These are fairly inter-linked, and today, we'll mostly look at de-emphasis, which lets you take liberties without too many beer cans launching in your direction. To get a sense of where I'm coming from, play this chord (strings are shown horizontally, bass string at bottom of diagram. Fret number also shown at bottom. This chord includes the G open string):

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Chances are that you're not too enamoured with the sound of this, and I'd lay money that you'd very rapidly want to move the G# on the top string down one fret to G, as its clashing like crazy against the open G string.

Conclusion: you better not play that G#. Well, maybe, maybe not.

You can get away with this, and sound cool, if you understand how to emphasise, and by implication, how to de-emphasise a note. So, have a short think how you could emphasise a note. Here are some ideas you may have come up with:
  • Play it louder than surrounding notes
  • Hold it longer than surrounding notes
  • Play it as the highest pitched note in a phrase in a melody/solo
  • Play it as the lowest pitched note in a phrase in a melody/solo
  • Play it on a strong beat (on-beat, and especially 1 and 3 in 4/4 time)
  • Jump from a note over one or more scale notes to land on it (i.e. you're not playing a scale in sequence)
  • Surround it either side by silence
  • Slide into it, or release a depressed whammy bar to hit it
  • Repeat it several times (more occurrences of it than other notes in a phrase)
It should be apparent that, it you use any of the above for a chromatic note, that note is going is stick out like a piranha in a goldfish tank, and cause similar mayhem.

So, if you want to de-emphasise a note, don't do any of the above. Any of the following help: Play it no louder or quieter, or no longer than the notes before and after it. Bury it somewhere in the mid-range of the pitches (the ear is much more aware of the outer-most notes sounding at any one time). Use weak beats and off-beats. Don't jump to it. Surround it with other notes. Don't dress it up.

Let's look at this next lick that's based on G minor, but with added chromatic notes, to play over Gmin7. I've demo'ed this lick in a short example on soundcloud: it starts at 1 minute into this track. The plain backing track is there also. Feel free to download. The underlying harmony is plain … a groove from Gmin7 to F, all over C in the bass (I like the sound of the 4th in the bass)In particular, observe what beats the chromatic notes fall on. These notes are F# (7), G# (b2). The b6 (Eb) is in G natural minor, but it has a strong tendency to resolve to the 5 (D), as I've done here. Play this using 1/8th or 1/16th notes over a Gm7 chord, starting the lick on an on-beat.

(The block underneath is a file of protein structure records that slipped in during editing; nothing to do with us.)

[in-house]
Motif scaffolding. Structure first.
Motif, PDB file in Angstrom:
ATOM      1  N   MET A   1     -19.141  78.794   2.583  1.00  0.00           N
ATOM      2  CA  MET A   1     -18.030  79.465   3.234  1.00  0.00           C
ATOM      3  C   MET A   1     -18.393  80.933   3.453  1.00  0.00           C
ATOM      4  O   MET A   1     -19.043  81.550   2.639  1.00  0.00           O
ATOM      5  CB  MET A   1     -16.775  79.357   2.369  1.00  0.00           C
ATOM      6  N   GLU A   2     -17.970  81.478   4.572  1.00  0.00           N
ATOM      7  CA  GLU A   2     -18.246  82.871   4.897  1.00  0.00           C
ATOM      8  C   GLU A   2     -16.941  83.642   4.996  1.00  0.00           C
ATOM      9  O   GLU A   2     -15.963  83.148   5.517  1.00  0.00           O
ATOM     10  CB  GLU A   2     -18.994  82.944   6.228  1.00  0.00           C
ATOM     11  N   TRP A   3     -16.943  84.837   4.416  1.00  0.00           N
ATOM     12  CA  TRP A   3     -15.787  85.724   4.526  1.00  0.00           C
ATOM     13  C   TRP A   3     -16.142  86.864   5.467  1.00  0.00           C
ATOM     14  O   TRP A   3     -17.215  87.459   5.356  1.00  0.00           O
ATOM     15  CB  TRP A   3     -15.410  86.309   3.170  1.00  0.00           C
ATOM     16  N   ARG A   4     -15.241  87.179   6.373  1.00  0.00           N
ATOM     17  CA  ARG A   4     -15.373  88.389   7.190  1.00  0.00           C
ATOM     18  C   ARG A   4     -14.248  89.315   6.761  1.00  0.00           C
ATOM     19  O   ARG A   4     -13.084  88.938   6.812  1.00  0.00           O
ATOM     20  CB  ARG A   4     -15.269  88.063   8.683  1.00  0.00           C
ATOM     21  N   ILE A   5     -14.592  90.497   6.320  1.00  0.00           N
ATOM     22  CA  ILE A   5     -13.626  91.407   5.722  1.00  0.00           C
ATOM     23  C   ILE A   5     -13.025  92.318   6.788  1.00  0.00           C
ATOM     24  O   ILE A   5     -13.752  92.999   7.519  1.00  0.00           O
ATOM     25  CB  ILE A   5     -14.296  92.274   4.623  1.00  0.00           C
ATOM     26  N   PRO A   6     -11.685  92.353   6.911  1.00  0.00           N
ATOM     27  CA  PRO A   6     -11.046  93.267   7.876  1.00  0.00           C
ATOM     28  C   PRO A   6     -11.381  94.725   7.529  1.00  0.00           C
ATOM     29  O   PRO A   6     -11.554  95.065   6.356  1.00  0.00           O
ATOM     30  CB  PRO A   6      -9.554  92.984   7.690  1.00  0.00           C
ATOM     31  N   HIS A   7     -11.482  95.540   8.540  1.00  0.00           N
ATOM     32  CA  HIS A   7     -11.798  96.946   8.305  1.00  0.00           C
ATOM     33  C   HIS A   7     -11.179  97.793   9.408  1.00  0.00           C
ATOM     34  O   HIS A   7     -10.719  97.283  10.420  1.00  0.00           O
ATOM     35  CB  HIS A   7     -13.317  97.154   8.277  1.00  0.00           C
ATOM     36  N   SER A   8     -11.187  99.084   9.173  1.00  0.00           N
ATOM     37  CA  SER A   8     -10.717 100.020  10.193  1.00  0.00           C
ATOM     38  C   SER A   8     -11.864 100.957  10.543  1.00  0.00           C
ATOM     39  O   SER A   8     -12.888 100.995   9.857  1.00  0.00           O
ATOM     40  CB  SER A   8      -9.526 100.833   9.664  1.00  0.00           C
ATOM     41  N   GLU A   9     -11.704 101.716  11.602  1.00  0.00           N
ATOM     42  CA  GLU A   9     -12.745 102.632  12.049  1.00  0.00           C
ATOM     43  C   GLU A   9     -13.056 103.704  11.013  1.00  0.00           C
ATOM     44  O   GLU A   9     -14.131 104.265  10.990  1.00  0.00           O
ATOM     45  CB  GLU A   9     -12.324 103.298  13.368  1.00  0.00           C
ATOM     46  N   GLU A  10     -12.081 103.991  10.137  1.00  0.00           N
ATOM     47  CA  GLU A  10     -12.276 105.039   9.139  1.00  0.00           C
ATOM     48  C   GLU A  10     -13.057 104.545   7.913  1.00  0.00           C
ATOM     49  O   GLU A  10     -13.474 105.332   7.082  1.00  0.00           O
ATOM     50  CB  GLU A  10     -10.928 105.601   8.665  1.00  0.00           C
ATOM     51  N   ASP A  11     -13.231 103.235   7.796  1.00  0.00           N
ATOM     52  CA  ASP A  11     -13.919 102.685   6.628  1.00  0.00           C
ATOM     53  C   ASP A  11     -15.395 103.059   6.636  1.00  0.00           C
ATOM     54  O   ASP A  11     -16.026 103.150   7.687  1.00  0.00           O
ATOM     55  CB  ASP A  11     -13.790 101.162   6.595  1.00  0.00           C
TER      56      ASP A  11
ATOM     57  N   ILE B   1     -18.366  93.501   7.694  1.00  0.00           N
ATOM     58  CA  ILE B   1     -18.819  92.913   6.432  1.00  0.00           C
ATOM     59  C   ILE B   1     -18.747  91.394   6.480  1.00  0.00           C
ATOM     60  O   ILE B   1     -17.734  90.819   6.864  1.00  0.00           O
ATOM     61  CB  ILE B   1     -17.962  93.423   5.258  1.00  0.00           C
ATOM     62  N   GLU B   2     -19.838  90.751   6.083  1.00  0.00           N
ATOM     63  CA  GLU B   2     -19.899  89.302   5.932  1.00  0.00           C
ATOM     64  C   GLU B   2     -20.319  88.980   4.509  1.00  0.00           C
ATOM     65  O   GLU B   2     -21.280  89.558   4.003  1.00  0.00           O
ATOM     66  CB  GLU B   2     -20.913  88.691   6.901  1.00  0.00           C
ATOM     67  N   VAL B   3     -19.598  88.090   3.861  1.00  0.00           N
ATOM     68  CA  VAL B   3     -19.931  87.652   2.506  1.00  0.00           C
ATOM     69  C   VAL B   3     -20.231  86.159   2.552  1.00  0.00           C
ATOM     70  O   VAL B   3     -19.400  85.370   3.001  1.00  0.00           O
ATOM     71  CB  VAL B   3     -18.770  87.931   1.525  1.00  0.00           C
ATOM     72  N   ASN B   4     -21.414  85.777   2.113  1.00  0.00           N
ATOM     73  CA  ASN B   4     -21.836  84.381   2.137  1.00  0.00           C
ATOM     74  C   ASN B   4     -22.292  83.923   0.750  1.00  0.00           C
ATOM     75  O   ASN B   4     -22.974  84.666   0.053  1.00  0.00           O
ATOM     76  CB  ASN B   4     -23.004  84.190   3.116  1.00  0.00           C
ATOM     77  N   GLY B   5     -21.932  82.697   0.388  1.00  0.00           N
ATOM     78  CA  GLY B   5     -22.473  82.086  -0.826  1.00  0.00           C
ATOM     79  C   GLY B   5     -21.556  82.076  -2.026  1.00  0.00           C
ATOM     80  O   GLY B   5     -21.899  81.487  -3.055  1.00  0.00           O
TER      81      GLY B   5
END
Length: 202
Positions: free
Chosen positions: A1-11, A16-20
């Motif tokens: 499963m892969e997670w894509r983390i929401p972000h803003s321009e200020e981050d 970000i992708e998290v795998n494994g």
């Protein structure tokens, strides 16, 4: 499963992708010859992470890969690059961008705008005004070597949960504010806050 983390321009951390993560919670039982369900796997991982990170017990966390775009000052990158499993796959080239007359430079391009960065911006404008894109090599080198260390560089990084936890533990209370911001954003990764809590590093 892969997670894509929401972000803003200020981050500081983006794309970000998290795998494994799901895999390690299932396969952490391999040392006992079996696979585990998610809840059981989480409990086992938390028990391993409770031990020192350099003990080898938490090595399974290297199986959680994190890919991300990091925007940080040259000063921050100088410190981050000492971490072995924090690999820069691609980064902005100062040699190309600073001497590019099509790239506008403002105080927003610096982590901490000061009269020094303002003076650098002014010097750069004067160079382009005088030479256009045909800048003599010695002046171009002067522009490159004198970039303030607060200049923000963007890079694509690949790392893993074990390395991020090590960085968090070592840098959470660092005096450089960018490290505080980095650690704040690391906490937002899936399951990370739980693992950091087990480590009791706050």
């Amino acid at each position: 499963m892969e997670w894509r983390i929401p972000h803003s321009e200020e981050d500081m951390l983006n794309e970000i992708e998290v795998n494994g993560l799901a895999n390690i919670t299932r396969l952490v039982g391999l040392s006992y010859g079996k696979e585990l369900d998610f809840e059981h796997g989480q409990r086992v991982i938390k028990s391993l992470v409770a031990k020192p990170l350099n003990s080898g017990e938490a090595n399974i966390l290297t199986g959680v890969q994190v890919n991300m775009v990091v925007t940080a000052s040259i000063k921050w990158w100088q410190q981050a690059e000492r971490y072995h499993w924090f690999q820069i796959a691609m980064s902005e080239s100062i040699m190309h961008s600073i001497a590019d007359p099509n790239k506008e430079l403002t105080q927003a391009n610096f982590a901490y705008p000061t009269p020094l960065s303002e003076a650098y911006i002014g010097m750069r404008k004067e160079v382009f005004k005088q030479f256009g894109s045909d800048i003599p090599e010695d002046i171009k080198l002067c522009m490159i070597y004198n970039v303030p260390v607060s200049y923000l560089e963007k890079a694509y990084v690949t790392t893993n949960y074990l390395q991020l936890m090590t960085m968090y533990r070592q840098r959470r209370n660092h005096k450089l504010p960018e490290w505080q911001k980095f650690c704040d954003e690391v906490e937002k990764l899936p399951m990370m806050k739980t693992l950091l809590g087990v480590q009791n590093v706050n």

pic


Hear how the G# is no longer offensive, as it's on off-beats, and it is being immediately followed by a neighbouring G minor scale note. However, notice I've also place the F# on the beat, to emphasise it, even though it's "wrong", but it rapidly gets replaced, so the effect is fleeting.

Here's another chromatic ascending lick (could be applied in the context of G blues, G mixolydian, G Lydian b7) applying exactly the same concept of using chromatic notes off the beat. It starts at 1 minute 52 seconds into this track. It's preceded by a variation of the above lick. Harmonically, this is in the key of G Mixolydian, with the solo over the following progression: Dm7/G, Em7, F maj9.

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The blue notes are all chord tones (5, b7, 1, 3, 5 in ascending order). The red notes are extensions (9 and 6, in ascending order). The rest are chromatic. The lick starts on a b5 on the off-beat, and keeps the chord tones and extensions all on the on-beat.

Practise for yourself placing chromatic notes on off-beats. Most of the time, you want to resolve the chromatic note to the nearest scale note.

I hope this will give you some ideas how to play mostly in a key, while occasionally stepping outside.

In the next article, I'll talk about the importance of chord tones, and how to avoid serious sonic mishaps.